Rohit for doctor

 "Today I have lived!" exclaimed Rohit, an orphan from southern Nepal. We'd had a sensational evening at the Kathmandu Fun Park.

Kathmandu, Nepal

2Rohit and my daughter, Rosemarie, terrified and thrilled themselves. We compared notes on what was most frightening. Rohit insisted Rosemarie had the advantage because she had experience with death defying rides! Of course, the evening was polished off with cotton candy. As Rosemarie said, “I still can’t resist that fluffy, pink stuff.”

To look at us we were a group of friends having a blast, and we were. There were no indications of the difficulties Rohit had come from or of the astounding and inspiring aspirations this dalit (lowest caste) orphan had.

According to Global Giving, there are about 974,000 orphans and abandoned children in Nepal. In Kathmandu many children beg, sniff glue and get snarled in crime. Some get slave wages as child labourers. The future is often too bleak, it’s best not to imagine.

With its deep valleys and snowy peaks, Nepal does have a story-book beauty. Presently Nepal is recovering from more than 10 years of civil war. It left an estimated 15,000 people, mostly civilians, dead, and up to 150,000 internally displaced.

Rohit stared blankly as he recalled his childhood and the “dead bodies scattered in the road.” He explained that the Maoists would slit people’s throats and then throw the bodies into the street.

Rohit was seven or eight when his father unexpectedly died one night. This threw the family into turmoil. His mother, from grief or terror, ran away. Three more young boys were orphaned. Amid the violence and danger the eldest son, still a child himself, went to Butwal, the closest town. His hotel job earned meagre wages. Meanwhile, Rohit and his younger brother went to their old grandmother. She couldn’t adequately feed or care for her grandsons. This is not shocking. Feed the Future estimates two out of three Nepalis suffer from “food insecurity” and almost half of children five and under suffer from “food shortage stunting.” However, Rohit’s older brother was resourceful. In Butwal, he posted an ad on a piece of paper imploring help and education for his brothers. A local philanthropist read the cry for help and took the boys to an orphanage.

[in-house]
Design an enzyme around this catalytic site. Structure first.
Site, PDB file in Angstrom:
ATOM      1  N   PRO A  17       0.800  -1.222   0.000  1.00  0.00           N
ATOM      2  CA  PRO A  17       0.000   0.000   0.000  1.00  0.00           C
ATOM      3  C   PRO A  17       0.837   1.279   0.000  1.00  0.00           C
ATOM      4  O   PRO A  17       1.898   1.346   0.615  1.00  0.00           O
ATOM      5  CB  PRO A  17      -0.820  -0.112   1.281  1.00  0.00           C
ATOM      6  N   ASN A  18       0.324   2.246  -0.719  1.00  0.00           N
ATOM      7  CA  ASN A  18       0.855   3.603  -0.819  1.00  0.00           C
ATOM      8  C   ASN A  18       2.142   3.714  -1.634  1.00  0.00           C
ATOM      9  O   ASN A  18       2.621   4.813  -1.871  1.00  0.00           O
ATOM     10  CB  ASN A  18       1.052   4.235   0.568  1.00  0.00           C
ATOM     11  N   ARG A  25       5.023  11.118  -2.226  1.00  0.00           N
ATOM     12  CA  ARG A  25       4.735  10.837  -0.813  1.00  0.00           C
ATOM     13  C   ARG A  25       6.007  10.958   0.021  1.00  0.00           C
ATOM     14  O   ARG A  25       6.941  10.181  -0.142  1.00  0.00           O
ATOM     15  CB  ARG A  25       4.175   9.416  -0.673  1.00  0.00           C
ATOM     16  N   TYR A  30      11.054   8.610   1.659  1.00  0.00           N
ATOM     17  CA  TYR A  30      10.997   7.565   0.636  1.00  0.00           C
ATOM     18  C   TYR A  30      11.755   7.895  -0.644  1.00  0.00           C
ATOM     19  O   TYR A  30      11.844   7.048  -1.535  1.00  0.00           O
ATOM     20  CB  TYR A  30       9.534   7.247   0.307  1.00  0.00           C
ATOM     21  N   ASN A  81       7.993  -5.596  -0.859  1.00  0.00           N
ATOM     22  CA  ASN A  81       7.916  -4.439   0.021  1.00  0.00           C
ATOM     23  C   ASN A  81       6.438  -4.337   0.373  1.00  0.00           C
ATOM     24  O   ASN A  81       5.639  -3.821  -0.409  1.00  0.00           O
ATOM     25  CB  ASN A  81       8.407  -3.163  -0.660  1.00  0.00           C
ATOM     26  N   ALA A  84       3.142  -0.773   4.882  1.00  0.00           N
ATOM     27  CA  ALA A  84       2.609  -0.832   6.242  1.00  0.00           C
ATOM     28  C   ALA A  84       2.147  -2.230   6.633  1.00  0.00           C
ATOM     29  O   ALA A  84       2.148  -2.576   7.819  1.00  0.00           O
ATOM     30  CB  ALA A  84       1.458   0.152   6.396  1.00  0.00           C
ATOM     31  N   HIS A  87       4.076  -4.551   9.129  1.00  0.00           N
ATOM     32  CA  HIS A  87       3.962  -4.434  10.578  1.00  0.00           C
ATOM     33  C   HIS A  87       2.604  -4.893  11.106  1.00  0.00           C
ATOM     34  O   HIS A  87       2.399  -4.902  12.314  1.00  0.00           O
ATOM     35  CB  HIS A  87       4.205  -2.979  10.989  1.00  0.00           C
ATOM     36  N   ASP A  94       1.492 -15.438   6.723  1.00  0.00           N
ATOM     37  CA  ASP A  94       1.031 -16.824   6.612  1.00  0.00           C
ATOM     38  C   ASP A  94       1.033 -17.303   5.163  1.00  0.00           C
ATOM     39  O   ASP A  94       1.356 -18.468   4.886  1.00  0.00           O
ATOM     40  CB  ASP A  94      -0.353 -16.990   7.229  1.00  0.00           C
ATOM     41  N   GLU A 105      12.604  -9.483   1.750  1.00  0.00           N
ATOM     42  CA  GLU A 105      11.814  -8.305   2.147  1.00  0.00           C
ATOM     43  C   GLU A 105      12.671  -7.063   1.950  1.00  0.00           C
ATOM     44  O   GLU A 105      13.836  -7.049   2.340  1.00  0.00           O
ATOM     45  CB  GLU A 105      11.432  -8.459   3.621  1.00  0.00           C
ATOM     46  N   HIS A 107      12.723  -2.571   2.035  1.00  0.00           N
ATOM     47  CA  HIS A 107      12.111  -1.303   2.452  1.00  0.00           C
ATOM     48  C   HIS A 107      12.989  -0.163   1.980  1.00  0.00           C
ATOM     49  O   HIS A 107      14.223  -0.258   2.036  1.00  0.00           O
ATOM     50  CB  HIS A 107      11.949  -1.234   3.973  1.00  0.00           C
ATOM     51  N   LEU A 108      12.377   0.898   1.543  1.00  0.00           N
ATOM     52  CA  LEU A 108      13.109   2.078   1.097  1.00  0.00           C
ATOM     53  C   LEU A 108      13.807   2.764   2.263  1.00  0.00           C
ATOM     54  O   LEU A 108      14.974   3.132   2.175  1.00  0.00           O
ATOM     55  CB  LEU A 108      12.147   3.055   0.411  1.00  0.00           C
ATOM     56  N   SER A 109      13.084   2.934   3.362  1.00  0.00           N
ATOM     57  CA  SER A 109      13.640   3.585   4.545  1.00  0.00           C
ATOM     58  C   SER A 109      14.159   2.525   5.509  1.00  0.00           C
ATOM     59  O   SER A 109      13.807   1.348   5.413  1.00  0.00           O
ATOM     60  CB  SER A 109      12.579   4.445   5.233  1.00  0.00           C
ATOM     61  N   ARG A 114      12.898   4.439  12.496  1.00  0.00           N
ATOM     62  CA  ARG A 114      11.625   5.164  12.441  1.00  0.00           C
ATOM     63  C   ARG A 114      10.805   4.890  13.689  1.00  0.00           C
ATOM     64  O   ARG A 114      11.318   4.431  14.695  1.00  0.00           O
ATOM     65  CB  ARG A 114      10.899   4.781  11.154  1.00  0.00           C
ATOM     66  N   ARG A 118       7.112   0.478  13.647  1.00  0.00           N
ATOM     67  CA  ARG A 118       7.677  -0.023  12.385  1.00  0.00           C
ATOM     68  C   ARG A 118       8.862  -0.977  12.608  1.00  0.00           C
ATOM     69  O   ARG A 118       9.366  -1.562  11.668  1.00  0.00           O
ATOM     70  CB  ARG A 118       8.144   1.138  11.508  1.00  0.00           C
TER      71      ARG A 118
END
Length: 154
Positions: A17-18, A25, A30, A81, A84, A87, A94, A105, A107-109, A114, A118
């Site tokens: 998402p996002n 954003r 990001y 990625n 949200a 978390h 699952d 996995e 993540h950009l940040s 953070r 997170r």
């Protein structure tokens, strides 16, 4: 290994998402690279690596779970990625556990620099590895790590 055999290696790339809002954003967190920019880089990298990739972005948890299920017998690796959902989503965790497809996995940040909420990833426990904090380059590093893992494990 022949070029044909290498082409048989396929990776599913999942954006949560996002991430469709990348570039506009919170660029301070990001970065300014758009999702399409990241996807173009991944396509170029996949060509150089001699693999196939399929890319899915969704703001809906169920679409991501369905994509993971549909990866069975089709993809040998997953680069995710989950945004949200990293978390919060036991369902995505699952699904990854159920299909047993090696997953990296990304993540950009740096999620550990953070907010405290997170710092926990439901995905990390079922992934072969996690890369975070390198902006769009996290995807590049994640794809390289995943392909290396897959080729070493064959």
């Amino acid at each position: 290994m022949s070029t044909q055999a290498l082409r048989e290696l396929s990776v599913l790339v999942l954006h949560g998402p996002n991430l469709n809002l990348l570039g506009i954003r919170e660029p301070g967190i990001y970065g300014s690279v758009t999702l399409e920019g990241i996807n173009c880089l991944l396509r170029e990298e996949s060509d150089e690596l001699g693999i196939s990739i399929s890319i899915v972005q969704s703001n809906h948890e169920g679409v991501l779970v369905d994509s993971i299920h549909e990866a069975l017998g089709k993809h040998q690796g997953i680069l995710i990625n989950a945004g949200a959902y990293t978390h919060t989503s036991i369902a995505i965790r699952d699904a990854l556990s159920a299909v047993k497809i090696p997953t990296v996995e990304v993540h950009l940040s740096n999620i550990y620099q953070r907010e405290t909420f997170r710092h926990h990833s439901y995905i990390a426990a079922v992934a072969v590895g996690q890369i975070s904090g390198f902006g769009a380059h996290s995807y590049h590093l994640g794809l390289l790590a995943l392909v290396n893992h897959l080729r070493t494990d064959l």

Later, Rosemarie and I went to that orphanage and met the many kids, played, read and helped out through our charity, Hands of Hope.

The orphanage supported children until the end of high school at Grade 10, then the abyss of poverty and menial labour awaited. There was no college fund. When we asked them what they wanted to be, all children were silent. We understood. It is best not to dream or hope when there is no future. What is the point? But we asked the kids to begin dreaming, hoping and imagining what they would like to do.

As each child neared the end of high school, we again asked what their dreams were. Now, they had answers. Since then, nine kids have dared to dream about being a nurse, teacher, engineer… and they have begun college educations. We scramble to gather funds. Because of true Yukon generosity, we’ve managed so far.

Sister, Grandmother, “I want to be a doctor,” Rohit told us. Of course he did. This brilliant boy, who was now a young man, continued to astound us. As a child he amazed everyone with life – like sketches of movie stars. Initially we couldn’t believe he had done them. Later, we smiled when he explained that he tutored his peers in math and sold recyclables for pocket cash. This boy was resourceful and an artistic dreamer with a piercing mathematical mind.

A “poor boy like me dies of sickness,” Rohit explained. He then expounded upon the injustice of poverty: of how small sicknesses, even the common cold, could result in death because seeing a doctor is simply too expensive. “I love medicine so I want to be a doctor,” Rohit summarized. Recently he received encouragment from a Nepali medical doctor, friend and colleague of Drs. Robert Zimmerman and Sally Macdonald. This encouraged him to continue on to study for the next medical scholarship exam.

Attending medical school anywhere is expensive, and in Nepal, with living expenses, the bill will be about $10,000 a year for five years or a total of $50,000.

Hands of Hope is a small organization. We don’t want his dream to die. For two years we have supported Rohit to attend “Vibrant,” a medical entrance and scholarship preparation institute in Kathmandu. Each year 43 medical scholarships are awarded. Knowing how brilliant he is, we thought perhaps he would be awarded one of these precious scholarships. The odds: almost impossible, even for someone like Rohit. About 12,000 students compete for 43 scholarships. Reliable sources explain that of these 43 scholarships, most are given out corruptly. About 10 or 12 are awarded honestly, on the basis of scholarship exam marks. We can’t tell Rohit to stop dreaming! A boy with such talent and drive should not be stopped by poverty and the coincidence of birth. His goal: medical school in 2015.

On his wall a handwritten reminder: “NO Paint NO Speech NO Singing Until U be a Doctor.” It’s not a question of whether or not but only of when. You can help Rohit attain his goal. Go to gofundme.com/rohit.

For the more complete story of the work of Rosemarie and Liesel Briggs of Hands of Hope please go to: http://www.hands-of-hope.ca

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